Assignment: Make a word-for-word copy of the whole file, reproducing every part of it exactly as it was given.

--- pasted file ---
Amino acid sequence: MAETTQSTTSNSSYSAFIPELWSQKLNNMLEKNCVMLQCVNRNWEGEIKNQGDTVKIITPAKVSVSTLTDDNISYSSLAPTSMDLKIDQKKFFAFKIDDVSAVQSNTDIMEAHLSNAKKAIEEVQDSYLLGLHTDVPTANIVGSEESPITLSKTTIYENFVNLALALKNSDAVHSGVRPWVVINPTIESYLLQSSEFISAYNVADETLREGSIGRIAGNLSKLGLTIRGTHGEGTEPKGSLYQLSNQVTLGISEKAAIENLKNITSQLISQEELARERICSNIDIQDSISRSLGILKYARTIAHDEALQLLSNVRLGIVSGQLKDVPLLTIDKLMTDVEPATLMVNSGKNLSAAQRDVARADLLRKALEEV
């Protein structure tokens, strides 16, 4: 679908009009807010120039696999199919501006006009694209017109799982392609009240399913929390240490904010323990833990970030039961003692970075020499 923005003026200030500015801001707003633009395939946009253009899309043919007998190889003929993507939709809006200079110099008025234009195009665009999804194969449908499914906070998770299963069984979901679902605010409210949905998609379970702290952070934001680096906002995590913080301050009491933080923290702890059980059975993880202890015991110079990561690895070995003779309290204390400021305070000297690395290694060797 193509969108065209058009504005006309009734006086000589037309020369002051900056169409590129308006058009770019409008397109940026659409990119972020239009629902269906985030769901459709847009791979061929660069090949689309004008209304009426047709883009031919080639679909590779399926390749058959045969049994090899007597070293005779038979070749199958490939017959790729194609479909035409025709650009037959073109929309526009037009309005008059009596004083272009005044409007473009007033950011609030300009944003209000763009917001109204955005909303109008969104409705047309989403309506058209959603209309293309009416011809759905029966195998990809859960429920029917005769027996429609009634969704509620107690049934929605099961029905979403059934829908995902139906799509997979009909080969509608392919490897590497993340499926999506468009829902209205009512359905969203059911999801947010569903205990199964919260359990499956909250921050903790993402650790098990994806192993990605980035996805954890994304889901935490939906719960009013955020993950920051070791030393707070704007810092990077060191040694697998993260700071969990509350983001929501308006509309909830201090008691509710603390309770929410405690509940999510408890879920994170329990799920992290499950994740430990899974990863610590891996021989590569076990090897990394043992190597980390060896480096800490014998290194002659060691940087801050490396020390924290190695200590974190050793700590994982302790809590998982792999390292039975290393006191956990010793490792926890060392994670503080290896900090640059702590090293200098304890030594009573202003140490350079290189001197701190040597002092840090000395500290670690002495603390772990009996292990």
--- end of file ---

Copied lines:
Amino acid sequence: MAETTQSTTSNSSYSAFIPELWSQKLNNMLEKNCVMLQCVNRNWEGEIKNQGDTVKIITPAKVSVSTLTDDNISYSSLAPTSMDLKIDQKKFFAFKIDDVSAVQSNTDIMEAHLSNAKKAIEEVQDSYLLGLHTDVPTANIVGSEESPITLSKTTIYENFVNLALALKNSDAVHSGVRPWVVINPTIESYLLQSSEFISAYNVADETLREGSIGRIAGNLSKLGLTIRGTHGEGTEPKGSLYQLSNQVTLGISEKAAIENLKNITSQLISQEELARERICSNIDIQDSISRSLGILKYARTIAHDEALQLLSNVRLGIVSGQLKDVPLLTIDKLMTDVEPATLMVNSGKNLSAAQRDVARADLLRKALEEV
């Protein structure tokens, strides 16, 4: 679908009009807010120039696999199919501006006009694209017109799982392609009240399913929390240490904010323990833990970030039961003692970075020499 923005003026200030500015801001707003633009395939946009253009899309043919007998190889003929993507939709809006200079110099008025234009195009665009999804194969449908499914906070998770299963069984979901679902605010409210949905998609379970702290952070934001680096906002995590913080301050009491933080923290702890059980059975993880202890015991110079990561690895070995003779309290204390400021305070000297690395290694060797 193509969108065209058009504005006309009734006086000589037309020369002051900056169409590129308006058009770019409008397109940026659409990119972020239009629902269906985030769901459709847009791979061929660069090949689309004008209304009426047709883009031919080639679909590779399926390749058959045969049994090899007597070293005779038979070749199958490939017959790729194609479909035409025709650009037959073109929309526009037009309005008059009596004083272009005044409007473009007033950011609030300009944003209000763009917001109204955005909303109008969104409705047309989403309506058209959603209309293309009416011809759905029966195998990809859960429920029917005769027996429609009634969704509620107690049934929605099961029905979403059934829908995902139906799509997979009909080969509608392919490897590497993340499926999506468009829902209205009512359905969203059911999801947010569903205990199964919260359990499956909250921050903790993402650790098990994806192993990605980035996805954890994304889901935490939906719960009013955020993950920051070791030393707070704007810092990077060191040694697998993260700071969990509350983001929501308006509309909830201090008691509710603390309770929410405690509940999510408890879920994170329990799920992290499950994740430990899974990863610590891996021989590569076990090897990394043992190597980390060896480096800490014998290194002659060691940087801050490396020390924290190695200590974190050793700590994982302790809590998982792999390292039975290393006191956990010793490792926890060392994670503080290896900090640059702590090293200098304890030594009573202003140490350079290189001197701190040597002092840090000395500290670690002495603390772990009996292990």